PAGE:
Elis take ice vs. Ivy nemeses

The last time the men’s hockey team faced off against Dartmouth was in the second round of the 2006 ECACHL playoffs. The Big Green swept the Bulldogs, 5-1 and 3-1 in the best-of-three series, bringing Yale’s rollercoaster season to an abrupt end.

This weekend, the Elis are hungry for revenge.

Men’s hockey captain Matt Cohen ’07 squares to take on Cornell’s Evan Barlow during the Big Red’s 5-2 triumph at Ingalls Rink.
Ryan Galisewski
Men’s hockey captain Matt Cohen ’07 squares to take on Cornell’s Evan Barlow during the Big Red’s 5-2 triumph at Ingalls Rink.

The Yale squad kicks off a tough week of road games in Hanover, N.H. tonight against the defending ECACHL champions. The No. 13 Big Green are 3-2 in league play (4-2 overall), and may be the strongest team that Yale has faced yet this season.

“Dartmouth is a really well-rounded team,” captain Matt Cohen ’07 said. “They have some size, good speed and skill. They are balanced and they do a good job of pretty much everything.”

Forwards David Jones, Tanner Glass and T.J. Galiardi have anchored the Dartmouth attack this season, combining for more than half of the team’s goals and assists. The Big Green also boast Grant Lewis, one of the best blueliners in the league, who tallied a goal in Dartmouth’s 9-4 trouncing of Yale last November.

Between the pipes, Dartmouth has relied on junior Mike Devine, who has stopped the puck 182 times this season. Last weekend, he came up with 35 saves in Dartmouth’s 3-2 victory over No. 12 Cornell — a squad that beat the Elis by a three-goal margin earlier this season. The strong Bulldog front line will have to work to find ways to get the puck past Devine.

“This weekend is big,” said forward Sean Backman ’10, who currently leads the Elis in scoring with four goals. “Dartmouth is a good team in the Top 20 in the nation.”

Win or lose, the Elis will not have long to linger on the Dartmouth game before the puck drops at Harvard on Saturday night. Last year, the Bulldogs dropped their first game to the Crimson in overtime, 4-3, but rallied back for a 4-3 victory at the Whale later in the season.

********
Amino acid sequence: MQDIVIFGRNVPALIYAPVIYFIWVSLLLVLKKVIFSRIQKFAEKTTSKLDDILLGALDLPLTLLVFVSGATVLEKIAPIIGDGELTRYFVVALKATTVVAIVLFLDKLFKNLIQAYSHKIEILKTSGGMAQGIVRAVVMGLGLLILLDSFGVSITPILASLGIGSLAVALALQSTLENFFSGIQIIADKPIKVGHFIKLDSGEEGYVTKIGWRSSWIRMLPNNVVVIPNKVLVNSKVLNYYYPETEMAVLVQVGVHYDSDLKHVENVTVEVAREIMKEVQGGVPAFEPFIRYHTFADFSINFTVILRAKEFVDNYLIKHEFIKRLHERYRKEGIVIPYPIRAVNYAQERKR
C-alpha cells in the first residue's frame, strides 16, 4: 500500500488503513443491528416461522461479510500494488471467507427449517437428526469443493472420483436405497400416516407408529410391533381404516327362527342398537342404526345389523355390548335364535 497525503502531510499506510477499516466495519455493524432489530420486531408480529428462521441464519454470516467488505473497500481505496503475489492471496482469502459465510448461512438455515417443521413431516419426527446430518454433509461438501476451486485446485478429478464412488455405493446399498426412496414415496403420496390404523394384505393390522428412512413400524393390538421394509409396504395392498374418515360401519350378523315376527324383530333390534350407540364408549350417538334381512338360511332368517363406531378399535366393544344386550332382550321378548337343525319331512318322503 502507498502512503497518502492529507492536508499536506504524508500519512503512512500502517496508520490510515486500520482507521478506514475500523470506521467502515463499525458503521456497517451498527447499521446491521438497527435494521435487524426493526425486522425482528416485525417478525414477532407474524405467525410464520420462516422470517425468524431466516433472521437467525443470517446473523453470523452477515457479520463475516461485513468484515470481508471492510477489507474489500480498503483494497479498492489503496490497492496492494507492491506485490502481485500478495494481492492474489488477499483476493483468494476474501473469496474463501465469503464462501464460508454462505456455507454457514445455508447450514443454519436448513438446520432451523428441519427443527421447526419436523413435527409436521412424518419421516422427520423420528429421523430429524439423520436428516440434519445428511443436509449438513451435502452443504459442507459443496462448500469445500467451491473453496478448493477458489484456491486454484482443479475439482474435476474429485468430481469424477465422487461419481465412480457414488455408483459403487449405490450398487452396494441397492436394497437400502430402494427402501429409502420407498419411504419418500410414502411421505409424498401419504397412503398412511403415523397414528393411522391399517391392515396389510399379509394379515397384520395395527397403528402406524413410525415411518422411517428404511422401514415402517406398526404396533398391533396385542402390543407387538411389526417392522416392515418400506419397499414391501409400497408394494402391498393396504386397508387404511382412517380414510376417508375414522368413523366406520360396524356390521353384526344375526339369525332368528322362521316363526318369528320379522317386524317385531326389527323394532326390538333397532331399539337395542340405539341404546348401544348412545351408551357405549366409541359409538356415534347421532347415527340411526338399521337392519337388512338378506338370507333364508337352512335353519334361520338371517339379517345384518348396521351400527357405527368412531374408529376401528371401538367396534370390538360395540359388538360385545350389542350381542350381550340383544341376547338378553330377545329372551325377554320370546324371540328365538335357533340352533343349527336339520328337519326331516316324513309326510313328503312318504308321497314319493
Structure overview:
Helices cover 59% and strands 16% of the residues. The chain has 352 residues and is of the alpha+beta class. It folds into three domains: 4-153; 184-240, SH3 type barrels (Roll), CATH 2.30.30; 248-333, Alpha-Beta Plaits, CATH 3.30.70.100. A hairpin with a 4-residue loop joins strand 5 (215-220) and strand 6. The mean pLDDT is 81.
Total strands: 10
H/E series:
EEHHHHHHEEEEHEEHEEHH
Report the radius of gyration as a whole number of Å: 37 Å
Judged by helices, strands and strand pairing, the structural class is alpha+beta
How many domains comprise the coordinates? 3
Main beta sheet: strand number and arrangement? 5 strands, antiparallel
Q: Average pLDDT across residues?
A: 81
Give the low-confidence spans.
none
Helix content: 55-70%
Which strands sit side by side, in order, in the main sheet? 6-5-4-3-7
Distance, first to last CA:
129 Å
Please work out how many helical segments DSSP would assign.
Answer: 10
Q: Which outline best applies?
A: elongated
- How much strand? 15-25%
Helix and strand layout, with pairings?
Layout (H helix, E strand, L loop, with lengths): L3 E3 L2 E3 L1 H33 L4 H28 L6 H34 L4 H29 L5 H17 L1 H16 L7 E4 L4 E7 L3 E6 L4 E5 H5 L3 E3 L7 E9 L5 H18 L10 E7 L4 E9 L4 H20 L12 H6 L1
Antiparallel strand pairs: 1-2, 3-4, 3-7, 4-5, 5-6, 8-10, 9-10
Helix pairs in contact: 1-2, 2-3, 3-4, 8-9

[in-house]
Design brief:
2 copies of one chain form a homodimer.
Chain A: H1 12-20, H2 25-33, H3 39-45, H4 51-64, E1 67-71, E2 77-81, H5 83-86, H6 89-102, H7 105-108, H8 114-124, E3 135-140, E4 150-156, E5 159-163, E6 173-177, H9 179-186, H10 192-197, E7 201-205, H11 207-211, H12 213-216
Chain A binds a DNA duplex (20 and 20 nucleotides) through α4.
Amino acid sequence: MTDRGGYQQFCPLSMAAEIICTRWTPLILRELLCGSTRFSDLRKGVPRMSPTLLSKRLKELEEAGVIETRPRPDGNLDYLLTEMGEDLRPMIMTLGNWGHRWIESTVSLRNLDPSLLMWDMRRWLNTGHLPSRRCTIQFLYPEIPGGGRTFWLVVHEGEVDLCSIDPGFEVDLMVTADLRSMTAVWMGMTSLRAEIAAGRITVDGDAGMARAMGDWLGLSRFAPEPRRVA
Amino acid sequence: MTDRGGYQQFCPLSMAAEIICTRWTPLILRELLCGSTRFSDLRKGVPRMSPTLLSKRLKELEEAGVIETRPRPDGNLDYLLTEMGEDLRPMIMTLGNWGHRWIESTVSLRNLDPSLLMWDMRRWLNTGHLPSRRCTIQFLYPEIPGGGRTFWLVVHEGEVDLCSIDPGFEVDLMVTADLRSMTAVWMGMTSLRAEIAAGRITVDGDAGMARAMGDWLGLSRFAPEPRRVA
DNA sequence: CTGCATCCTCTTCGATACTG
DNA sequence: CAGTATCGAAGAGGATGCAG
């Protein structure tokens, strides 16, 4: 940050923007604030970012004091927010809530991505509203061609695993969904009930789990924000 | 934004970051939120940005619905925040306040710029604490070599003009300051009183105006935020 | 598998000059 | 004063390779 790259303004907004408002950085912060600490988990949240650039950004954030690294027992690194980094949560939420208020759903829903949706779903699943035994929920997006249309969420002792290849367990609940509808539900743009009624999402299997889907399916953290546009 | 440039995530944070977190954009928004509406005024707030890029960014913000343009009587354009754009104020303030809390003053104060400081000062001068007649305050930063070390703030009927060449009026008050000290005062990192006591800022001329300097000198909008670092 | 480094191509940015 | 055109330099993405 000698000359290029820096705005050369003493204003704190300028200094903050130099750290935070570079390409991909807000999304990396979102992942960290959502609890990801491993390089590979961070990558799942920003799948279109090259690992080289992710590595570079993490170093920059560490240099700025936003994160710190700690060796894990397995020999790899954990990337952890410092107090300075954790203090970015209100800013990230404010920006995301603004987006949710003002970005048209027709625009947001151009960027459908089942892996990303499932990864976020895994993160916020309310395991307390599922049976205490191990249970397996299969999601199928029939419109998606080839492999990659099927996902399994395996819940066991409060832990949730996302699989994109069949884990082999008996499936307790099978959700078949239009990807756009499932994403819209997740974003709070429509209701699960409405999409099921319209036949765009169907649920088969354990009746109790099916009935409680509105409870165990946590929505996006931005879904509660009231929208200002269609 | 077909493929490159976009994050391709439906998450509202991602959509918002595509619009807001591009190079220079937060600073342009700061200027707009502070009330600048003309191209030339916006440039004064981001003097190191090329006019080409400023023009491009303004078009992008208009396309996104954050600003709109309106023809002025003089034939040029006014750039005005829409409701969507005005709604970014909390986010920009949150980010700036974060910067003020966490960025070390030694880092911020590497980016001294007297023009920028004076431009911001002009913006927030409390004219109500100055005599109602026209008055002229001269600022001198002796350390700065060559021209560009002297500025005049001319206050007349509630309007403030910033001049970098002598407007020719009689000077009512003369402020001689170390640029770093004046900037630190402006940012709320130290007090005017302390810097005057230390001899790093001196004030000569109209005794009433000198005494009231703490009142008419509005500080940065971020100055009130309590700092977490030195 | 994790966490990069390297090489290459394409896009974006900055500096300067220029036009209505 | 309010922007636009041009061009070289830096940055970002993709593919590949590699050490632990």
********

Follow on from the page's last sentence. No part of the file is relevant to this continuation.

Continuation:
Preseason polls predicted a second-place Crimson finish in the ECACHL, but they are currently 1-4 in league play (2-4 overall). They feature a well-rounded squad with a strong offense that puts pressure on the opposing goalie, taking an average of 32 shots per game. Senior Justin Tobe and freshman Kyle Richter have split time in the goal this season, each with a record of 1-2.

“Harvard has always been good,” Cohen said. “Any time Yale plays Harvard at anything, it’s going to be a battle out there. Every point means a lot.”

After a tiring weekend, the Elis will hit the road again on Tuesday to face Atlantic Hockey League foe Mercyhurst. Yale took away a 4-3 win when the two met last season at Ingalls Rink. The Lakers are currently 2-6 and split contests against UConn two weeks ago, a team that the Bulldogs overcame, 3-2, last weekend.

The Elis will finish off their Thanksgiving break campaign against No. 9 Boston University, a squad that has been facing off against ranked opponents for the majority of their early games this season. The Terriers are currently 2-2-4, having come up with two big overtime ties against No. 1 Maine and University of New Hampshire. Senior goalie John Curry, with 200 saves already, has been a force in the net every game this season.

The Bulldogs are hoping that their 4-1 start will provide them with the momentum that they need to help carry them through a challenging week. If they want to remain competitive against scoring powerhouses Dartmouth and BU, they will need strong, consistent performances from netminder Alec Richards ’09 and the defense, like they have been getting so far this season.

“We are much better defensively this year,” forward David Germain ’08 said. “Our goalie and our defense have been a lot stronger than in the past.”

The upcoming week will also be a good litmus test of whether or not the Bulldogs — who finished with a 5-12-2 away game record last season — will be able to remain competitive outside of New Haven.

“It is always tougher on the road,” Cohen said. “You don’t have the comforts of home and the home crowd. We are just going to have to go out there and put our best foot forward.”

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